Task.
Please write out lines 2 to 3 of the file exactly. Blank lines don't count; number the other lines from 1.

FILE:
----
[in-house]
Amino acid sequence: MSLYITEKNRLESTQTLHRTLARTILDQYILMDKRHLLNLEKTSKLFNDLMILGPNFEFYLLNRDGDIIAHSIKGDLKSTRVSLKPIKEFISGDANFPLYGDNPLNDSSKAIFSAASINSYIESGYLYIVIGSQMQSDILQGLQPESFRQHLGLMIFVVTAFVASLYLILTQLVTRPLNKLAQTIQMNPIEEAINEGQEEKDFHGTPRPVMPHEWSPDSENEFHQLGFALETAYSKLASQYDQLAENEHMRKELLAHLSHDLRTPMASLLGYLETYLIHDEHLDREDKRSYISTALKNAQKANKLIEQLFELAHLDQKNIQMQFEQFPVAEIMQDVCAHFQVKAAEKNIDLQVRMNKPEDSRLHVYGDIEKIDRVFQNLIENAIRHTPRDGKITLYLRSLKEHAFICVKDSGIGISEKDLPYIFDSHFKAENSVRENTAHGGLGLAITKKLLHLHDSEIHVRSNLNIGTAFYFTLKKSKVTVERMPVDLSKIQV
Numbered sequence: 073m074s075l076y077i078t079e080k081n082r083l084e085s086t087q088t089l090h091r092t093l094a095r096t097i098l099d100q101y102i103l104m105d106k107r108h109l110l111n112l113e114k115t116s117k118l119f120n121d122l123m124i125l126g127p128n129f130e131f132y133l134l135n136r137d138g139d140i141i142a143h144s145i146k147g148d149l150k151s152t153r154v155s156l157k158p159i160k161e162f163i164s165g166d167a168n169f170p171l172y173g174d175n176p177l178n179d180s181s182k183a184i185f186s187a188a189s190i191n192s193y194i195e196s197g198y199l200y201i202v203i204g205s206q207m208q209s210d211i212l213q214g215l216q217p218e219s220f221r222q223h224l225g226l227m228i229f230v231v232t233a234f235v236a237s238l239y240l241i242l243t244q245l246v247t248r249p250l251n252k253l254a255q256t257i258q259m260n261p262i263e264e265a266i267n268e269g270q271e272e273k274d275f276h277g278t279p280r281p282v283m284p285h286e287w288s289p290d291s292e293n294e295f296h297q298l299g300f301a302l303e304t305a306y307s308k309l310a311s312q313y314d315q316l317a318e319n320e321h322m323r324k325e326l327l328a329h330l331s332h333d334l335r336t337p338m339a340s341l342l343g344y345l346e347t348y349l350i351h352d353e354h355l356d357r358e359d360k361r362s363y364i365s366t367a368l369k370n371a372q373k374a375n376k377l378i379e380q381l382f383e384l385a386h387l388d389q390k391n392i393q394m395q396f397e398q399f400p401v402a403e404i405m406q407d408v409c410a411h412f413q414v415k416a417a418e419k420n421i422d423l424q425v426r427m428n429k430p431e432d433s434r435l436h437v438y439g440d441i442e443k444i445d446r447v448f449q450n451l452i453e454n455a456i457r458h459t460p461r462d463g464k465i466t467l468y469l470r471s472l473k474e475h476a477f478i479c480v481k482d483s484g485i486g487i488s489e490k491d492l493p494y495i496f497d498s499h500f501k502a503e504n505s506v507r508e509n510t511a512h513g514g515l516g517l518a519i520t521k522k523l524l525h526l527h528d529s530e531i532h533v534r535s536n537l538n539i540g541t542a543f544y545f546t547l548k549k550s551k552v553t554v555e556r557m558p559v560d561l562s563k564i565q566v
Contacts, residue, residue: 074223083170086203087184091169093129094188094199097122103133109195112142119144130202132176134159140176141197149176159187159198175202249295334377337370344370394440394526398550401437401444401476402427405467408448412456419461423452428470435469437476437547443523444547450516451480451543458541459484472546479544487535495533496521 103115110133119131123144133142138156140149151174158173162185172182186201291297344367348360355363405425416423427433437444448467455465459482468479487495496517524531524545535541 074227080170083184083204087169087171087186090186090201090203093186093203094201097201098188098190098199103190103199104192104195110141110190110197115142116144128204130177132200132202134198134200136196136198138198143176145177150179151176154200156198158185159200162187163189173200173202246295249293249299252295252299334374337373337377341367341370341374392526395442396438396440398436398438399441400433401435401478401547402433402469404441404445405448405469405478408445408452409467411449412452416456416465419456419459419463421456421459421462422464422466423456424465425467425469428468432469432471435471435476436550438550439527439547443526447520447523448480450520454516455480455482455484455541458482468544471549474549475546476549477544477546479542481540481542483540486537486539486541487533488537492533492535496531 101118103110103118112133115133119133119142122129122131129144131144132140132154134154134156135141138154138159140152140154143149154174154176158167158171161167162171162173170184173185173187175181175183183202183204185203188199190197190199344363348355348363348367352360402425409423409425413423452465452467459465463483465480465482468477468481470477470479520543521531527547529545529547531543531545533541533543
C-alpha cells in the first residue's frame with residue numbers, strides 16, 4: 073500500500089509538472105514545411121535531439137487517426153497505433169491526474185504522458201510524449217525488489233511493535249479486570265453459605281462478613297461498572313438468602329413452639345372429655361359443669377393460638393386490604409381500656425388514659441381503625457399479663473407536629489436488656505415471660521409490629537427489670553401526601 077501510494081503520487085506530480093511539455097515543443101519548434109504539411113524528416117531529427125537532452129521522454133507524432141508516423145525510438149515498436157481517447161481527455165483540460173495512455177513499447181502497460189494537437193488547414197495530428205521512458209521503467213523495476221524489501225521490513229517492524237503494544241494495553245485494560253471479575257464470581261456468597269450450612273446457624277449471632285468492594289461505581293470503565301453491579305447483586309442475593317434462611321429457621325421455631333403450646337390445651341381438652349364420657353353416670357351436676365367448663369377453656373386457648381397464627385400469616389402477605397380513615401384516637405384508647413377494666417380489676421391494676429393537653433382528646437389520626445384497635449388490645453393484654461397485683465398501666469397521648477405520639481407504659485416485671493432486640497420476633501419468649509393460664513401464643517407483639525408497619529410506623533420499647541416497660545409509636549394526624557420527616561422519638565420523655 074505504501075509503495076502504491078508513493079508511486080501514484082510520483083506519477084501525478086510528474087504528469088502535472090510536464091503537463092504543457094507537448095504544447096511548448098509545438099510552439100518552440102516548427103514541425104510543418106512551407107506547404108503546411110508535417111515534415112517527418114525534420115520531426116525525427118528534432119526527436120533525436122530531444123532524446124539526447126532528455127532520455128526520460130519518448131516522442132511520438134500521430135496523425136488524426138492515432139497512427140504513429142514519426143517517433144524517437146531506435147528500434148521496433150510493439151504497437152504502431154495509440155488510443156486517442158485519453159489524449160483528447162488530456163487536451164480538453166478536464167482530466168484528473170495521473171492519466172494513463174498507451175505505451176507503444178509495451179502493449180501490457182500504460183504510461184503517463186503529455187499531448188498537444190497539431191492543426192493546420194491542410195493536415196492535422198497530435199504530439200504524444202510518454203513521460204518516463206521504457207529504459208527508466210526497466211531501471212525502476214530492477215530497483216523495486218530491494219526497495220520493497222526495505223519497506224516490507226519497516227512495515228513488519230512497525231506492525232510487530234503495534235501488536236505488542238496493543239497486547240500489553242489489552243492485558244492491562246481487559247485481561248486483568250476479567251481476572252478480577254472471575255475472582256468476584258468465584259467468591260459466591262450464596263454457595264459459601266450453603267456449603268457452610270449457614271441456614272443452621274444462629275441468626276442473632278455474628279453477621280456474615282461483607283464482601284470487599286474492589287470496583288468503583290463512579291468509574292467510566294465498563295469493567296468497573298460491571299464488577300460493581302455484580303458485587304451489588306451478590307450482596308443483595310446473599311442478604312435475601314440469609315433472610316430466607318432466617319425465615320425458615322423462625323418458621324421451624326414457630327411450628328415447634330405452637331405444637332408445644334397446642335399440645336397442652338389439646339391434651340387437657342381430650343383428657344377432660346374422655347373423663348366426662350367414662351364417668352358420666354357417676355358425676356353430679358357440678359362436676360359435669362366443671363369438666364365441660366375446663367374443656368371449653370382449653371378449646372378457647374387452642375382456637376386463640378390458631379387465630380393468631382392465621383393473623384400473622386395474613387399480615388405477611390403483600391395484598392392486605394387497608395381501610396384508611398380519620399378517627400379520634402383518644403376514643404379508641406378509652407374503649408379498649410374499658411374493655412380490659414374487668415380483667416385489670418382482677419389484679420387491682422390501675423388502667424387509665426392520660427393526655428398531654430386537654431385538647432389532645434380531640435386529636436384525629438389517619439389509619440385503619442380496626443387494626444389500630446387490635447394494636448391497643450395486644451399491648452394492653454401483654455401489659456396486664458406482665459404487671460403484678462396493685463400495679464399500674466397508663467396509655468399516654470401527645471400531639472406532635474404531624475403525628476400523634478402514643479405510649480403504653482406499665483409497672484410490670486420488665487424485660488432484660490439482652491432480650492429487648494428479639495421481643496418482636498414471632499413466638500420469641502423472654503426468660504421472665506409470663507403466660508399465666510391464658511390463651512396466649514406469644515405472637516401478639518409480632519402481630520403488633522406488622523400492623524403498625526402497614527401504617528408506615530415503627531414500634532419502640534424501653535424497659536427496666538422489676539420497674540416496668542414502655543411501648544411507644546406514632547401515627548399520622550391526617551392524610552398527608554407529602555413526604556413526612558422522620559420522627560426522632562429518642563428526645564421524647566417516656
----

Amino acid sequence: MSLYITEKNRLESTQTLHRTLARTILDQYILMDKRHLLNLEKTSKLFNDLMILGPNFEFYLLNRDGDIIAHSIKGDLKSTRVSLKPIKEFISGDANFPLYGDNPLNDSSKAIFSAASINSYIESGYLYIVIGSQMQSDILQGLQPESFRQHLGLMIFVVTAFVASLYLILTQLVTRPLNKLAQTIQMNPIEEAINEGQEEKDFHGTPRPVMPHEWSPDSENEFHQLGFALETAYSKLASQYDQLAENEHMRKELLAHLSHDLRTPMASLLGYLETYLIHDEHLDREDKRSYISTALKNAQKANKLIEQLFELAHLDQKNIQMQFEQFPVAEIMQDVCAHFQVKAAEKNIDLQVRMNKPEDSRLHVYGDIEKIDRVFQNLIENAIRHTPRDGKITLYLRSLKEHAFICVKDSGIGISEKDLPYIFDSHFKAENSVRENTAHGGLGLAITKKLLHLHDSEIHVRSNLNIGTAFYFTLKKSKVTVERMPVDLSKIQV
Numbered sequence: 073m074s075l076y077i078t079e080k081n082r083l084e085s086t087q088t089l090h091r092t093l094a095r096t097i098l099d100q101y102i103l104m105d106k107r108h109l110l111n112l113e114k115t116s117k118l119f120n121d122l123m124i125l126g127p128n129f130e131f132y133l134l135n136r137d138g139d140i141i142a143h144s145i146k147g148d149l150k151s152t153r154v155s156l157k158p159i160k161e162f163i164s165g166d167a168n169f170p171l172y173g174d175n176p177l178n179d180s181s182k183a184i185f186s187a188a189s190i191n192s193y194i195e196s197g198y199l200y201i202v203i204g205s206q207m208q209s210d211i212l213q214g215l216q217p218e219s220f221r222q223h224l225g226l227m228i229f230v231v232t233a234f235v236a237s238l239y240l241i242l243t244q245l246v247t248r249p250l251n252k253l254a255q256t257i258q259m260n261p262i263e264e265a266i267n268e269g270q271e272e273k274d275f276h277g278t279p280r281p282v283m284p285h286e287w288s289p290d291s292e293n294e295f296h297q298l299g300f301a302l303e304t305a306y307s308k309l310a311s312q313y314d315q316l317a318e319n320e321h322m323r324k325e326l327l328a329h330l331s332h333d334l335r336t337p338m339a340s341l342l343g344y345l346e347t348y349l350i351h352d353e354h355l356d357r358e359d360k361r362s363y364i365s366t367a368l369k370n371a372q373k374a375n376k377l378i379e380q381l382f383e384l385a386h387l388d389q390k391n392i393q394m395q396f397e398q399f400p401v402a403e404i405m406q407d408v409c410a411h412f413q414v415k416a417a418e419k420n421i422d423l424q425v426r427m428n429k430p431e432d433s434r435l436h437v438y439g440d441i442e443k444i445d446r447v448f449q450n451l452i453e454n455a456i457r458h459t460p461r462d463g464k465i466t467l468y469l470r471s472l473k474e475h476a477f478i479c480v481k482d483s484g485i486g487i488s489e490k491d492l493p494y495i496f497d498s499h500f501k502a503e504n505s506v507r508e509n510t511a512h513g514g515l516g517l518a519i520t521k522k523l524l525h526l527h528d529s530e531i532h533v534r535s536n537l538n539i540g541t542a543f544y545f546t547l548k549k550s551k552v553t554v555e556r557m558p559v560d561l562s563k564i565q566v